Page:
So a Bramble is it's own top or root term or descriptor.

   TT   Bramble
   NTP  . topicspace 1
   NTP  . topicspace 2
   NTP  . topicspace 3

Topicspaces are the top term in their own hierarchy, so any Burr in a topicspace will point to the topicspace it belongs to as its top term.

   TT  Topicspace 1
   PT   . Burr 2

If you then go to the Burr which defines the topicspace you will see the local Bramble it belongs to.

   TT   Bramble
   PT   . Topicspace 1
   NTP  .. Burr 1
   NTP  .. Burr 2

This is very practical, because it allows you to download and keep a local copy of a Burr without having to remap the top term of your copy of the Burr.


If the basic building blocks of BMF are Burrs, Entities are the paint making them different colors. They are still the same size and shape, and can be stacked together in any combination you choose, but you can tell at a glance what they are and sort them in useful ways.

BMF entities can be thought of in three ways:

  • As types of entity-relationships as defined in the FRBR.
  • As root facets or top terms in a thesaurus.
  • As defining which metadata fields should be used to describe a common class or category of information.

Entities are distinct classes of collections of Burrs. Each type of entity has a different set of recommended fields and subfields associated with it and are considered to be a general enough class of information to require a distinct data structure.

Another useful way of thinking of BMF Entities is as a structural device of grouping records along the lines of who, what, when, where and which. Practically anything can be organized and placed in context by knowing the who, what, when, where, which and perhaps why of something. BMF asks this question at many different overlapping levels and scales.

Entity Groups

BMF attempts, whenever possible to expand on the FRBR model rather than change it. By expanding on FRBR instead of altering the model, it is relatively easy for BMF Burrs to map to any catalog system which adopts the FRBR model. [FRBR]

This should not be difficult since the places where BMF expand on FRBR are confined to parts of the model which are beyond the scope of traditional cataloging systems (ie. FRBR Entity Groups 2 and 3). Another advantage of this approach is that BMF can use the wealth of tools and experience that has been invested in National Bibliographic Records from around the world.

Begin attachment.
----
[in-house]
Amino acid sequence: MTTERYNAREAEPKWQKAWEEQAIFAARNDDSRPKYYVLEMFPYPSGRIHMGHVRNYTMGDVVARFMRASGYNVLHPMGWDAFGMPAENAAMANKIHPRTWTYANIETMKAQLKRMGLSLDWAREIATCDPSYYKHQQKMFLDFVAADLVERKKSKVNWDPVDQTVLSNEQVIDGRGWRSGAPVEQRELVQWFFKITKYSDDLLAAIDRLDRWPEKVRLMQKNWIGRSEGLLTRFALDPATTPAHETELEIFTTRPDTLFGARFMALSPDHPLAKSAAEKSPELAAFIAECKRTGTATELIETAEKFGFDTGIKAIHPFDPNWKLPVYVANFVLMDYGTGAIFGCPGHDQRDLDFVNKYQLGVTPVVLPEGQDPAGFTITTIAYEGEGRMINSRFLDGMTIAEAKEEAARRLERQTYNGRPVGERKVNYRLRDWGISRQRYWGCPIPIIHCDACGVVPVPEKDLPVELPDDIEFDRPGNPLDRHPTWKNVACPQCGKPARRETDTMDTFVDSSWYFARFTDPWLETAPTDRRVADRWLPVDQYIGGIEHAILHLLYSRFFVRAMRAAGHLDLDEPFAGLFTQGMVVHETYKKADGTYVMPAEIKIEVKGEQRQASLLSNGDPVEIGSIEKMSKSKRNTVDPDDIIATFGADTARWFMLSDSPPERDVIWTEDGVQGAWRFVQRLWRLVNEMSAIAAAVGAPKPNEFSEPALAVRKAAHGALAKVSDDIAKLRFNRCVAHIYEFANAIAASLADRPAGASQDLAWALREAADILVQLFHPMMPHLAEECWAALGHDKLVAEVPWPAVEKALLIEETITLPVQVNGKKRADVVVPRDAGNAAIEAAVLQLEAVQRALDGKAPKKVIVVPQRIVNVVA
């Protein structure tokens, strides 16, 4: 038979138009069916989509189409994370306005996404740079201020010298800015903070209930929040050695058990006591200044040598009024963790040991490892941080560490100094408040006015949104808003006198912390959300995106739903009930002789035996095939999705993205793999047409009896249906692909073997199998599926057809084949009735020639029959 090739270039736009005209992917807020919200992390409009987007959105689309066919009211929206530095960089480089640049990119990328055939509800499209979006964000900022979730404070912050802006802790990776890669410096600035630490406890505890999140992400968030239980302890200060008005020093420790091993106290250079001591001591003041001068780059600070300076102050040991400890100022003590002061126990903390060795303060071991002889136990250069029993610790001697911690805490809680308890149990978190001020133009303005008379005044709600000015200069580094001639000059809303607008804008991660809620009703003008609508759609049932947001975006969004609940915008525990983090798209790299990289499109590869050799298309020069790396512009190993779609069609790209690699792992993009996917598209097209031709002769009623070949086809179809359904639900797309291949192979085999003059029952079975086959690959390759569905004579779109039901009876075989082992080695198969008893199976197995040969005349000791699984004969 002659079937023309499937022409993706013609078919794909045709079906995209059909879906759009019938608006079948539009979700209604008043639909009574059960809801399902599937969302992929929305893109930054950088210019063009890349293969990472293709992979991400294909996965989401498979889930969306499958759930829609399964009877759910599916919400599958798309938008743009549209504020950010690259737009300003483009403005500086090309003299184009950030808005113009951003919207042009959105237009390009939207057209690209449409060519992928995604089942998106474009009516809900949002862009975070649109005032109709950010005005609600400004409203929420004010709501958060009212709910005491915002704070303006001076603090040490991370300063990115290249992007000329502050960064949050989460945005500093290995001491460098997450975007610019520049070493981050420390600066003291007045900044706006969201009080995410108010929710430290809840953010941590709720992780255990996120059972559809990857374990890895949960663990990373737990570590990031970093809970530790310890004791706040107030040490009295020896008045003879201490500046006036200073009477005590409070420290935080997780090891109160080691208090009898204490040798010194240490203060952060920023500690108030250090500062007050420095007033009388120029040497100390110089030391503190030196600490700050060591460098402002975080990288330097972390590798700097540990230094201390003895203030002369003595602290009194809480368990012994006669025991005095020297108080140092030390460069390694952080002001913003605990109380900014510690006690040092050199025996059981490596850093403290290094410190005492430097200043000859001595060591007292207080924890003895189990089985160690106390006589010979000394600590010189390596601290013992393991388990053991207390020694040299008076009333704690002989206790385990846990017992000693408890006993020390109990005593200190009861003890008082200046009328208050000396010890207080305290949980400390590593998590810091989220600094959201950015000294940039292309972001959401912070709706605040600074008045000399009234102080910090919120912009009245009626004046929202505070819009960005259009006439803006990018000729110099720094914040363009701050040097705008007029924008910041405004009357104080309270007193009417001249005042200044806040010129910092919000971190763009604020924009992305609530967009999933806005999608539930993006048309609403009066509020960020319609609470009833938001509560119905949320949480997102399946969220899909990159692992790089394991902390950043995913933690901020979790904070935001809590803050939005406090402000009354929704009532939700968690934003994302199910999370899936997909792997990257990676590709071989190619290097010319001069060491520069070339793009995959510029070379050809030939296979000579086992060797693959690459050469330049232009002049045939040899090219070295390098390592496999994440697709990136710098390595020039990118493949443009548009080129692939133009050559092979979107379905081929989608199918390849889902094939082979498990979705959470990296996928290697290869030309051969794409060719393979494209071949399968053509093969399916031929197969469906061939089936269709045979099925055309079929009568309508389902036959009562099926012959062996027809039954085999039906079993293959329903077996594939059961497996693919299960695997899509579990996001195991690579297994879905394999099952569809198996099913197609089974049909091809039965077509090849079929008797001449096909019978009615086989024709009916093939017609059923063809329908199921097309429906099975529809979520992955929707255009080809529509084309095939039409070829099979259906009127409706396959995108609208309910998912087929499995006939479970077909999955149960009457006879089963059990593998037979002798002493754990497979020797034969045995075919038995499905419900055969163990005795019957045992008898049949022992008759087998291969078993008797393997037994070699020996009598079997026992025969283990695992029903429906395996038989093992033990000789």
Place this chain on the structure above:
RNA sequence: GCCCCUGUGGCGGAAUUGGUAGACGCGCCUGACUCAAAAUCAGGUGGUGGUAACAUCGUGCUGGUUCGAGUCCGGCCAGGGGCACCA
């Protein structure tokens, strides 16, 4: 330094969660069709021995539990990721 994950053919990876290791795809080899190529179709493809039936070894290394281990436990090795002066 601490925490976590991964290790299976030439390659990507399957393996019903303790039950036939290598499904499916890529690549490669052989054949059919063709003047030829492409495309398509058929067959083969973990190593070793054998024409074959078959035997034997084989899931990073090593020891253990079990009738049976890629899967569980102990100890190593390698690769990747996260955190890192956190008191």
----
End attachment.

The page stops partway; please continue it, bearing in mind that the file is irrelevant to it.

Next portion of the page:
BMF has adopted the FRBR Group 1 almost verbatim, but expands FRBR Groups 2 and 3 into eight groups, for a total of nine entity groups and some forty entity-types (some of which are provisional).

Bibliographic Group

For describing creative and intellectual works

Agents Group

For describing Named Individuals, including persons, families and corporate bodies.

Semantic & Lexical Group

For concepts and lexical units including characters, words and phrases.

Temporal Group

For events and periods of time.

Physical Group

For Objects and Physical attributes.

Locus Group

For places.

Content Group

For encoding content.

Documentation Group

For self documentation of BMF.

BMF Group

For structural entities which make up BMF, namely Topicspaces and Brambles.

Bibliographic Entity Group

And to hook on here is a lifetime of assiduity. Best thing to do is to dig one thing or place or man until you yourself know more abt that than is possible to any other man. It doesn't matter whether it's Barbed Wire or Pemmican or Paterson or Iowa. But exhaust it. Saturate it. Beat it. And then U KNOW everthing else very fast: one saturation job (it might take 14 years). And you're in forever.

—Charles Olson, Bibliography on America for Ed Dorn


The entities in the first group can be thought of as a hierarchical representation of the different aspects of intellectual or artistic creations. This group is modeled on FRBR Group 1 Entities.

BMF uses FRBR's four different types of Group 1 entities to describe the different aspects of creative works.



A concept representing a distinct intellectual or artistic creation. Example: Miles Davis' Album. Kind of Blue


The intellectual or artistic realization of a work, which is reflected in intellectual or artistic content. Example: The original Columbia Recording of Kind of Blue in New York, 1958 would be an expression. A live recording of the same songs from Kind of Blue in Stockholm a few years later would be a second expression.


The physical embodiment of an expression of a work. Example: the first LP Release By Columbia Records in 1958 would be one expression, and digitally remastered release on CD in 2000 would be a second manifestation of the same expression.


A single exemplar (physical copy or instance) of a manifestation. Example: the copy in the Library of Congress Reading Room would be an item or instance. The copy playing on your stereo next to your computer would be another instance. A copy of the CD for sale on EBay would be another instance.


A work may share the same parent-work or story with one or more than one work, and may be realized through one or more than one expression.

   NTI   . expression

An expression, is the realization of one and only one work, but may be embodied in one or more than one manifestation.

   BTI  work
   PT    . expression
   NTI   . manifestation

A manifestation may embody one or more than one expression, but may be exemplified by one or more than one item.

   BTI expression
   PT   . manifestation
   NTI  .. item

An item may exemplify one and only one manifestation.

   BTI manifestation
   PT  . item

BMF Bibliographic and FRBR Group 1

Now that we have introduced BMF bibliographic entities we will compare the FRBR Group 1 with BMF Entity Groups in some detail as this concerns a number of important problems that were faced in developing BMF.